Google Translate Gains Arabic, iPad Split View Support

Instant visual translation for Arabic and support for iPad Split View are now available.

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Google Translate

One of the reasons why Google Translate has emerged as the mostly widely used online language translation tool is the constant refinements and updates that Google has made to it since the app first became available in 2006.

A couple of updates announced this week serve as the latest examples.

One of them is a feature that instantly translates text written in Arabic to either English or German. To translate Arabic text with a mobile phone, a user now only has to fire up the app, click on the device camera and point it at the data that needs to be translated. That's an improvement on the app's existing ability to translate bilingual conversations and inputted text in English or German to Arabic.

Users who want to try out the new capability will be prompted to download an approximately 2MB-size language pack. "You'll see the text transform from one language to another in real-time on your screen," said Barak Turovsky, product lead for Google Translate, in a blog announcing the new capabilities.

Importantly, users do not need an Internet connection or use up cell phone data to use the app, he said. Instant visual translation is currently available for more than 270 languages via Google Translate.

Google this week also announced a new feature in Translate that allows owners of iPads that support the new Split View mode to get instant visual translations of text they may be viewing or typing at any time.

Split View is a multitasking feature in iOS 9 that allows iPad owners to use two applications simultaneously and view them side-by-side on the device screen. The new feature in Google Translate will let users type in or read text or initiate a bilingual conversation with someone else and get an instant translation in Split View mode.

The new capabilities add to the growing list of language translation options that Google has rolled out for Google Translate with some regularity recently.

Earlier this month, for instance, Google announced a new in-app translation capability for users of devices running Android 6.0 Marshmallow, the latest version of the company's mobile operating system. The update basically allows users to get instant translations of text in some 90 languages right from within applications such as WhatsApp, LinkedIn and TripAdvisor. Instead of having to toggle between different apps to get a translation, users can now simply highlight and select the text from within the app to get it.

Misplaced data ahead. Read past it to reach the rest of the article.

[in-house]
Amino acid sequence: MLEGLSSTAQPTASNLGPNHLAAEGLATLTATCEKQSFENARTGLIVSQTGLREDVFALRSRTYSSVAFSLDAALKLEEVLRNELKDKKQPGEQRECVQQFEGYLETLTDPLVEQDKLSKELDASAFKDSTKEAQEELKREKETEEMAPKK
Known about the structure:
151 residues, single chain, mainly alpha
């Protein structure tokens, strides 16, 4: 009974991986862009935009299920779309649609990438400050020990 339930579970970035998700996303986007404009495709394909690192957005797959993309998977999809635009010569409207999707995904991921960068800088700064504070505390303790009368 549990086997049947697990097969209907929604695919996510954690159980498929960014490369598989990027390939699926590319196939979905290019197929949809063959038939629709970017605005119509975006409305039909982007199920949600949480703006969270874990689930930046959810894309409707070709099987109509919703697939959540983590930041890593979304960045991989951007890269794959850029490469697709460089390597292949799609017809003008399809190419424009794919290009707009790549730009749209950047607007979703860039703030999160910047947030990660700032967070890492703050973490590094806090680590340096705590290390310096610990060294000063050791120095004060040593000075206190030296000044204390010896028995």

In August, Google announced that it was making Translate available on all Android Wear watches. The capability allows users to speak into their watch and have it translated into one of 44 languages. Simply by flipping their wrist, Android smartwatch users can send the translation to others, or see in their own language what someone else might have said to them in a different language.

Google claims that some 500 million people currently use Google Translate and that the app is used to translate a staggering 100 billion words each day. Hundreds of thousands of people from around the world currently contribute cross-language translations for the app. Contributors can either choose to see a phrase or snippet of text in a language of their choice and translate it into their own language or correct existing translations in the system.

Jaikumar Vijayan

Jaikumar Vijayan

Vijayan is an award-winning independent journalist and tech content creation specialist covering data security and privacy, business intelligence, big data and data analytics.